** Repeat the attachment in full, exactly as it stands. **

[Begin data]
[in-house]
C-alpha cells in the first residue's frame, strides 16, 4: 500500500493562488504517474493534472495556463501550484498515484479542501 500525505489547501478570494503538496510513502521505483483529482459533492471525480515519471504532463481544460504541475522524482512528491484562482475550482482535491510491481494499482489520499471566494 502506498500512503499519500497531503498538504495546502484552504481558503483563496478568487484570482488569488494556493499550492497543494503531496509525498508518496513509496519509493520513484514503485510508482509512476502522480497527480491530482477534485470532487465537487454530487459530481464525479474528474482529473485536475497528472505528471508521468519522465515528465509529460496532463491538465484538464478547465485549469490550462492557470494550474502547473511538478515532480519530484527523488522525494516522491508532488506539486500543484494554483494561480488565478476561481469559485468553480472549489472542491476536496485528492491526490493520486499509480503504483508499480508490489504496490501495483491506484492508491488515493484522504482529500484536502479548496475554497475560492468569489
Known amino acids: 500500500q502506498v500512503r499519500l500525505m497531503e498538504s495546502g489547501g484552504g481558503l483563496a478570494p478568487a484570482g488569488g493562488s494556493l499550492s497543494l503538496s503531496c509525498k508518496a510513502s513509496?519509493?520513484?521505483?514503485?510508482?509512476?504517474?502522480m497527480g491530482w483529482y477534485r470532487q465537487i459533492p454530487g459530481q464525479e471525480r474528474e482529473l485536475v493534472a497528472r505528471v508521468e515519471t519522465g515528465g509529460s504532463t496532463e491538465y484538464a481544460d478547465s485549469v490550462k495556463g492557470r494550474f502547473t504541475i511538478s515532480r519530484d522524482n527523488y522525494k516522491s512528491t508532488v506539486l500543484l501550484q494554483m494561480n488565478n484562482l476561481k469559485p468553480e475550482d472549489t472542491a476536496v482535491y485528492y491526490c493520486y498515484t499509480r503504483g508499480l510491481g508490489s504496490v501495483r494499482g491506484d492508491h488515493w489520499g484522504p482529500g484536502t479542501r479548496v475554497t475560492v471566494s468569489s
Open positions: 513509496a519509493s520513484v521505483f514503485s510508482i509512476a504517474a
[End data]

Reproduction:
[in-house]
C-alpha cells in the first residue's frame, strides 16, 4: 500500500493562488504517474493534472495556463501550484498515484479542501 500525505489547501478570494503538496510513502521505483483529482459533492471525480515519471504532463481544460504541475522524482512528491484562482475550482482535491510491481494499482489520499471566494 502506498500512503499519500497531503498538504495546502484552504481558503483563496478568487484570482488569488494556493499550492497543494503531496509525498508518496513509496519509493520513484514503485510508482509512476502522480497527480491530482477534485470532487465537487454530487459530481464525479474528474482529473485536475497528472505528471508521468519522465515528465509529460496532463491538465484538464478547465485549469490550462492557470494550474502547473511538478515532480519530484527523488522525494516522491508532488506539486500543484494554483494561480488565478476561481469559485468553480472549489472542491476536496485528492491526490493520486499509480503504483508499480508490489504496490501495483491506484492508491488515493484522504482529500484536502479548496475554497475560492468569489
Known amino acids: 500500500q502506498v500512503r499519500l500525505m497531503e498538504s495546502g489547501g484552504g481558503l483563496a478570494p478568487a484570482g488569488g493562488s494556493l499550492s497543494l503538496s503531496c509525498k508518496a510513502s513509496?519509493?520513484?521505483?514503485?510508482?509512476?504517474?502522480m497527480g491530482w483529482y477534485r470532487q465537487i459533492p454530487g459530481q464525479e471525480r474528474e482529473l485536475v493534472a497528472r505528471v508521468e515519471t519522465g515528465g509529460s504532463t496532463e491538465y484538464a481544460d478547465s485549469v490550462k495556463g492557470r494550474f502547473t504541475i511538478s515532480r519530484d522524482n527523488y522525494k516522491s512528491t508532488v506539486l500543484l501550484q494554483m494561480n488565478n484562482l476561481k469559485p468553480e475550482d472549489t472542491a476536496v482535491y485528492y491526490c493520486y498515484t499509480r503504483g508499480l510491481g508490489s504496490v501495483r494499482g491506484d492508491h488515493w489520499g484522504p482529500g484536502t479542501r479548496v475554497t475560492v471566494s468569489s
Open positions: 513509496a519509493s520513484v521505483f514503485s510508482i509512476a504517474a